Developers Replying to App Store Reviews is the [Best][Worst] Thing Ever
Earlier this month I wrote a post about how vital it was that Apple began allowing developers to reply to reviews. In my post, I didn’t specify whether or not those reviews should be public or one-to-one with the reviewer, just that a conversation needs to be had.
This is the salient idea:
The time is ripe for the App Store review system to grow into a two-way conversation between reviewers and developers, rather than a static ‘complaint board’.
Today, Matt Gemmell makes some very, very good points about the effects of a public forum on the human psyche. He references my favorite theorem on the subject and is spot on about how people turn into warped versions of themselves with an audience:
People aren’t really people when they’re in public; they turn into grandstanding, entitled, mutant versions of themselves. Talk to them privately, and suddenly you have a person again. It’s a cruddy reflection on our cruddy species, but wishing it away isn’t helping anybody.
He offers a few suggestions for ways to initiate the conversation outside of a straightforward public back-and-forth and the piece is well worth a read.
Instapaper developer Marco Arment also touched on it, offering another possible manipulation point: unscrupulous or crappy developers who would abuse a publicly available reply option.
And Craig Hockenberry of Iconfactory feels that providing personalized support links to problem reviews could help to force developers to maintain a functional and helpful support page and encourage reviewers to visit it in order to solve their problems, rather than stew.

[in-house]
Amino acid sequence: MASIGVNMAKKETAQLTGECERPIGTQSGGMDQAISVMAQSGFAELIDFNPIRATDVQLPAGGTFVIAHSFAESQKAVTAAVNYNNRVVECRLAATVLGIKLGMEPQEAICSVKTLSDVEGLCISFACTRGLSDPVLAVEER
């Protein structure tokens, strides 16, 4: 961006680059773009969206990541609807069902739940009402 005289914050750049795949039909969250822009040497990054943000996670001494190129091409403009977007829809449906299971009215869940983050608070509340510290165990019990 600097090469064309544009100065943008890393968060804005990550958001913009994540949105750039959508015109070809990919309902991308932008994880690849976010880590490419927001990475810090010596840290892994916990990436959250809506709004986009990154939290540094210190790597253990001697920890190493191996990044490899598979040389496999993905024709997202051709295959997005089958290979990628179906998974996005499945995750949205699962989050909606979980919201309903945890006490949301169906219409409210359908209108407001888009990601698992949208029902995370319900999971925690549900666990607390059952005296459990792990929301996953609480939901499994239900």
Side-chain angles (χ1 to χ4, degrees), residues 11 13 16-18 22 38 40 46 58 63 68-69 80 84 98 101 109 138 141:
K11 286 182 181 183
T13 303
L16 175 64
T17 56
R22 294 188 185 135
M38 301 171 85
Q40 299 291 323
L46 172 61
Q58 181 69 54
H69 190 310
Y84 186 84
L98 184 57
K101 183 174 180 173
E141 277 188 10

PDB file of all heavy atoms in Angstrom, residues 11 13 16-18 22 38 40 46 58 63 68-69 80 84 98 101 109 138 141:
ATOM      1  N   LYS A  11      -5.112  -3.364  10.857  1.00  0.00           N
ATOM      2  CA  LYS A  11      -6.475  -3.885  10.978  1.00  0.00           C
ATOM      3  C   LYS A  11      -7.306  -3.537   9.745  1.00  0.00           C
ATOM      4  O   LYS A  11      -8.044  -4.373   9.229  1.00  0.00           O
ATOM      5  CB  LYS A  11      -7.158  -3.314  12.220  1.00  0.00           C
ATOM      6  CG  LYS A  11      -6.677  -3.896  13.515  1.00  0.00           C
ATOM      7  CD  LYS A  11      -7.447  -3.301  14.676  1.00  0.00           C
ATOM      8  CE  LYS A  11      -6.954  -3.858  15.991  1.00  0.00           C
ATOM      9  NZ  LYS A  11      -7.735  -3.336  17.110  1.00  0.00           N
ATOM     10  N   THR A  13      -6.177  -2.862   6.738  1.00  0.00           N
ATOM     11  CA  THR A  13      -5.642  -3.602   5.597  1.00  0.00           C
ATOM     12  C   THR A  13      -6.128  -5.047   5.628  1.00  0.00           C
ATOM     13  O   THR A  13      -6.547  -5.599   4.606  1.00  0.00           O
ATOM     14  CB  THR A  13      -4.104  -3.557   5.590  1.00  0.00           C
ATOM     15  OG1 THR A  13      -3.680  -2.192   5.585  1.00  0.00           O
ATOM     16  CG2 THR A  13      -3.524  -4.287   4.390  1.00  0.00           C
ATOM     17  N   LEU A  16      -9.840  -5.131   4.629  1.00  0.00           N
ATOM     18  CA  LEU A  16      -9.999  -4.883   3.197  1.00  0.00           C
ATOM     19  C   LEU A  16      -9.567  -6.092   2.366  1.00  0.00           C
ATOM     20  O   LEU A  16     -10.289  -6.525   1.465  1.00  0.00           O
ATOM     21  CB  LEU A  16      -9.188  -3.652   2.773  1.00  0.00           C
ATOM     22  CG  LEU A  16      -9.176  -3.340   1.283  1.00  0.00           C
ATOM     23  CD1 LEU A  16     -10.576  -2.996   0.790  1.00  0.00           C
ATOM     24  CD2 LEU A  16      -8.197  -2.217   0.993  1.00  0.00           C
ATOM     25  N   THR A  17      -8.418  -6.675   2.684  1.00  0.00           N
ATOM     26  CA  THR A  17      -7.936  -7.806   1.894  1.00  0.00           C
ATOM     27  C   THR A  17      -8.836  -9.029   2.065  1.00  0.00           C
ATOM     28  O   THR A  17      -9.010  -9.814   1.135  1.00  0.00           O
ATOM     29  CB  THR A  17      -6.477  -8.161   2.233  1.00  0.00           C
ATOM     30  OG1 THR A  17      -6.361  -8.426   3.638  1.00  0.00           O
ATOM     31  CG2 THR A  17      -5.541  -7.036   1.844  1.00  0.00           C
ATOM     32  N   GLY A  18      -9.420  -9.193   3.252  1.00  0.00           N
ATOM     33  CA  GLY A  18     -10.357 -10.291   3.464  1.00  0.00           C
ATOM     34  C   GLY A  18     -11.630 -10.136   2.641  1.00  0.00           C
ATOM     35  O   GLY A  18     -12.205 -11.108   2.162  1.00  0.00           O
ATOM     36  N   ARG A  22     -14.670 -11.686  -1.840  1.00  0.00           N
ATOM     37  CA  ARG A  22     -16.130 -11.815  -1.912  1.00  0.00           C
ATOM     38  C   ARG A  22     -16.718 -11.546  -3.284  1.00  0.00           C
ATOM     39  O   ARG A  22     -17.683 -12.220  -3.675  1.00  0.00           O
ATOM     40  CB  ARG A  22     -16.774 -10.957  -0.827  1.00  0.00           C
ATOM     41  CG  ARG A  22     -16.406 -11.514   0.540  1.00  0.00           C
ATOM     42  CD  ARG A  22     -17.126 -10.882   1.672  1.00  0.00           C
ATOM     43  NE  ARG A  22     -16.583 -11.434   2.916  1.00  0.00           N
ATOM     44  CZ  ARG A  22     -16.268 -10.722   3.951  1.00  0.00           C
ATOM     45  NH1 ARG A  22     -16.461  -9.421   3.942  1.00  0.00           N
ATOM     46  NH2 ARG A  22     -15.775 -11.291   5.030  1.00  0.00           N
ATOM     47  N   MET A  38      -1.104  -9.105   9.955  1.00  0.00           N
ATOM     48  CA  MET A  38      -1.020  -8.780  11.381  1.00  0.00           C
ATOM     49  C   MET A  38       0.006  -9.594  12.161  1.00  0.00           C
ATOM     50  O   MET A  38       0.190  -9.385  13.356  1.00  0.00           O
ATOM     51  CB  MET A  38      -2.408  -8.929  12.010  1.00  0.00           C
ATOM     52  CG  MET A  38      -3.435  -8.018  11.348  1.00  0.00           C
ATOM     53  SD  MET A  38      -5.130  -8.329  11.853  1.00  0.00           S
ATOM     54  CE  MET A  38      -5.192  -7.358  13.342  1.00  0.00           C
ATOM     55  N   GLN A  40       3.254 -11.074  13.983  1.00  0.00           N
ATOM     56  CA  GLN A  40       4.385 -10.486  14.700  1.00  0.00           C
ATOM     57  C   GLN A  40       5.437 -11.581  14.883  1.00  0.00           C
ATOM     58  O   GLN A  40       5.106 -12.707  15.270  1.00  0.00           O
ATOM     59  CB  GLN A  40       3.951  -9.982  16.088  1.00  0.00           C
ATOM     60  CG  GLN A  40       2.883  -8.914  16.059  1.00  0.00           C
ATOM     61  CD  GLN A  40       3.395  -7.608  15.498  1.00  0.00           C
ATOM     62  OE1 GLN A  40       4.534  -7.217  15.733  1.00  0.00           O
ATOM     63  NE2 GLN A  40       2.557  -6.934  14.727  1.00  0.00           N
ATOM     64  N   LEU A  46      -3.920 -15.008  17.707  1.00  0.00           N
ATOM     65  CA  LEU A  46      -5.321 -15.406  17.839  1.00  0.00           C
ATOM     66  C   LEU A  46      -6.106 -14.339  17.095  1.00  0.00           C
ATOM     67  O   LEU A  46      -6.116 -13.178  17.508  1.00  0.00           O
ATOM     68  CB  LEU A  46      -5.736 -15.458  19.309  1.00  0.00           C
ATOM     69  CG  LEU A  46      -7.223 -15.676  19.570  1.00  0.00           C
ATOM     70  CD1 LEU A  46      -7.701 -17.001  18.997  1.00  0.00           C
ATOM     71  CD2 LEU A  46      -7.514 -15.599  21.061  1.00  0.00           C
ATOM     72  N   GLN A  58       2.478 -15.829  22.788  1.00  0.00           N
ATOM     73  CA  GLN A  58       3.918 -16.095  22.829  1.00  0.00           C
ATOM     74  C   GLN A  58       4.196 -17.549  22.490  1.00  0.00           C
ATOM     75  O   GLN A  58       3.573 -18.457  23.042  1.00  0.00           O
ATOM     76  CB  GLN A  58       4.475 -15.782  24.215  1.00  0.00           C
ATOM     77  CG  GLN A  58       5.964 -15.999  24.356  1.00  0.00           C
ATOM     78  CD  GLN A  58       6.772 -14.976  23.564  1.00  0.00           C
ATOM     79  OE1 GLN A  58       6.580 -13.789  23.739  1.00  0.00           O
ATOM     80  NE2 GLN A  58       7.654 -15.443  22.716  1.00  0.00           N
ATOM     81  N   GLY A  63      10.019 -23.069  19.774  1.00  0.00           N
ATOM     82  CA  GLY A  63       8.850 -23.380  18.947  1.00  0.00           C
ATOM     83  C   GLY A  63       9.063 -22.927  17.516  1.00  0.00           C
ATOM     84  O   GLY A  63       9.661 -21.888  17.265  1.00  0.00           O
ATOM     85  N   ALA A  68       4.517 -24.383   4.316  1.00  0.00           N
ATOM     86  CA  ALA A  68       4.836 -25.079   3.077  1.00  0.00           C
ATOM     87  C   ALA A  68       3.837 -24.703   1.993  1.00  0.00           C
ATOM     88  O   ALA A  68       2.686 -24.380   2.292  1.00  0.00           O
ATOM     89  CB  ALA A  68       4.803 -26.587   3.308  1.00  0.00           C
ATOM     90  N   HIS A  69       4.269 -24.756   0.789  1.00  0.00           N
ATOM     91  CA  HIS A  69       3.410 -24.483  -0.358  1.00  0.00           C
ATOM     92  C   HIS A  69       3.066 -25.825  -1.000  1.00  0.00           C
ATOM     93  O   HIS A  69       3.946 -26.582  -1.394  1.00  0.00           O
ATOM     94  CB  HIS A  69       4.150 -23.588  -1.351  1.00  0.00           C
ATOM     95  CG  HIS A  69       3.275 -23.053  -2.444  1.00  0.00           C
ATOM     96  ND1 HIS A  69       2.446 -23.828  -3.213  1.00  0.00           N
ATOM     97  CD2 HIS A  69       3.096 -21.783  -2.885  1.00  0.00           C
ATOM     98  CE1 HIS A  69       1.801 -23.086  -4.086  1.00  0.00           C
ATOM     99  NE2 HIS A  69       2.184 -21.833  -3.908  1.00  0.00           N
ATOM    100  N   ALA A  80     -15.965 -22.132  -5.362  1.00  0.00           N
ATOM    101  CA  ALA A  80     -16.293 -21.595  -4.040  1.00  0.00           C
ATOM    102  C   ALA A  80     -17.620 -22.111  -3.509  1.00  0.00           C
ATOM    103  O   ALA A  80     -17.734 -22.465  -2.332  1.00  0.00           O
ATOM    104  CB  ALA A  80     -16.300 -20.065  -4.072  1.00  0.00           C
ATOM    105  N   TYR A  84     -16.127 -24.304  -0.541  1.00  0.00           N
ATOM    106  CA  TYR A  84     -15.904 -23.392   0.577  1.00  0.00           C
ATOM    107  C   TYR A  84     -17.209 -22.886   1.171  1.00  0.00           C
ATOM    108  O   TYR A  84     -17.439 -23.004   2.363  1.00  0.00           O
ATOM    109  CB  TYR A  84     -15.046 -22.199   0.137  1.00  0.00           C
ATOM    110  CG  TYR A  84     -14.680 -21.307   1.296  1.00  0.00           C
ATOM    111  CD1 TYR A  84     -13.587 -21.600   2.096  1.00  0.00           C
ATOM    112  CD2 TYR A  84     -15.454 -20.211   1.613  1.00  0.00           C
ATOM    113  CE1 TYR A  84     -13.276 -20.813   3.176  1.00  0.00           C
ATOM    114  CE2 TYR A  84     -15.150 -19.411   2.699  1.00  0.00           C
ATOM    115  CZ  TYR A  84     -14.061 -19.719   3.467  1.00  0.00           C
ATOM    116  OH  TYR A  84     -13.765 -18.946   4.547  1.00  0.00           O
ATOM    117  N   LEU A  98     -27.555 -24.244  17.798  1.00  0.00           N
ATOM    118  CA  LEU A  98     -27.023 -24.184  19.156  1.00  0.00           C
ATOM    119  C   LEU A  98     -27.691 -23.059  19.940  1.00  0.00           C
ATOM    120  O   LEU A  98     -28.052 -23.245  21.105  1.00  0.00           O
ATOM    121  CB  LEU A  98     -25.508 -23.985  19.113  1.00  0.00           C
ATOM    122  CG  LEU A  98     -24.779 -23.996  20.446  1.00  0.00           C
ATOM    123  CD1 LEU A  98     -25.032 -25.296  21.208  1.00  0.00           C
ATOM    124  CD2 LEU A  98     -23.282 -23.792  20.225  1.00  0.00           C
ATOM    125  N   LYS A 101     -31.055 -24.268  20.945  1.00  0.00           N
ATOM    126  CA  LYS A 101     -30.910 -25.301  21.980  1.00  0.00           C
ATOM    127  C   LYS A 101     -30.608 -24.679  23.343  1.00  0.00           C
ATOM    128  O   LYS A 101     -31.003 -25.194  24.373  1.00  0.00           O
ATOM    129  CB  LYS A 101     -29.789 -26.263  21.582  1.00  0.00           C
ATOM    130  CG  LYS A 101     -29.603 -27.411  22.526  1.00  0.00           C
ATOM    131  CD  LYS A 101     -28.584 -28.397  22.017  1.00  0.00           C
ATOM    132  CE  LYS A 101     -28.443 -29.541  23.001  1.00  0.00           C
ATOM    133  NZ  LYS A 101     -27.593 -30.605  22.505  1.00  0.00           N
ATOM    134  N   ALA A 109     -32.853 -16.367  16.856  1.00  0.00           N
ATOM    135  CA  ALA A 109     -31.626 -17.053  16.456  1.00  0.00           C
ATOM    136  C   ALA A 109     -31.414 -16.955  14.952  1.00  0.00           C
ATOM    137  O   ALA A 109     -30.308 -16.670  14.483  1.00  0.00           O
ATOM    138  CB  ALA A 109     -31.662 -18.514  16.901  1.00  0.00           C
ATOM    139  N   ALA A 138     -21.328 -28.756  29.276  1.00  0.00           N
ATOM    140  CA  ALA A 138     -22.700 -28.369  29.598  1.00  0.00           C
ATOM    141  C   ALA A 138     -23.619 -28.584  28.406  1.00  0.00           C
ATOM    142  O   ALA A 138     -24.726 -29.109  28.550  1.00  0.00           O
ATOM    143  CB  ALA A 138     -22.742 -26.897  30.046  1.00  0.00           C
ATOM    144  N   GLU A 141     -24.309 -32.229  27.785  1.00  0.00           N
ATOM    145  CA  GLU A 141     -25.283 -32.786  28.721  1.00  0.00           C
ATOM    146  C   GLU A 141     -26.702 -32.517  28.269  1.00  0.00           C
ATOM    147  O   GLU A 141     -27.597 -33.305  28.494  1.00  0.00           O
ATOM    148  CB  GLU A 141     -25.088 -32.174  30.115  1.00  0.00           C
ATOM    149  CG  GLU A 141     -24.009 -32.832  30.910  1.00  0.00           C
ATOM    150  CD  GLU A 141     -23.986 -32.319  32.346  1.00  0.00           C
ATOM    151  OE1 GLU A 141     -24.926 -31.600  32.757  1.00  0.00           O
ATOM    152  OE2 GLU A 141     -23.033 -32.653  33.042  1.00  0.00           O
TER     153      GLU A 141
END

Rene Ritchie of iMore also took a crack at this and made some good points about filtering out things that are more along the lines of ‘bug reports’ or ‘feature requests’ than actual reviews.
These are all great points and there is some really good thinking going on about this topic now, which is fantastic, and one of the reasons I wrote that post and an earlier one about how Apple could use its acquired Chomp talent to help change the way the App Store works.
The fact of the matter is that public replies may not be the answer, there may just be too many potholes to avoid. Look at the quality of internet comments as an example and tell me that you wouldn’t end up down a rabbit hole of anger and blame. I’m basically a professional comment-generator who deals with the full spectrum of human intelligence, ignorance and outright stupidity when it comes to comments on a daily basis. And it still takes all of my effort to stay civil when replying to comments at TNW. I’m usually able to because it’s very rarely helpful to argue with someone who has nothing to lose and everything to gain by making you mad. But it doesn’t always happen.
Developers are not exactly the most patient and understanding folk. Engineers tend to think in a very analytic manner that makes arguing a point a mostly civil affair. But the rules of logic don’t apply when it comes to dealing with the public.
All to often you’re required to set logic aside and take up the reins of the unpredictable stallions of human emotion. And that’s where things can get tricky, especially for those who think in blacks and whites, not shades of grey.
But the important thing is that there is a serious discussion now being had about this topic, which I feel is an extremely important one, both for Apple as the App Store continues to grow, and to the developers in its ecosystem. I don’t think anyone has the right answers yet, but I think that there are some very smart folks at Apple working hard on the problem, including the ex-Chompites. So I’m cautiously optimistic that we might see some results later this year.
Until then, don’t stop talking about it, don’t stop thinking about it. And if you have something to share, share it. Isn’t that what a conversation is all about?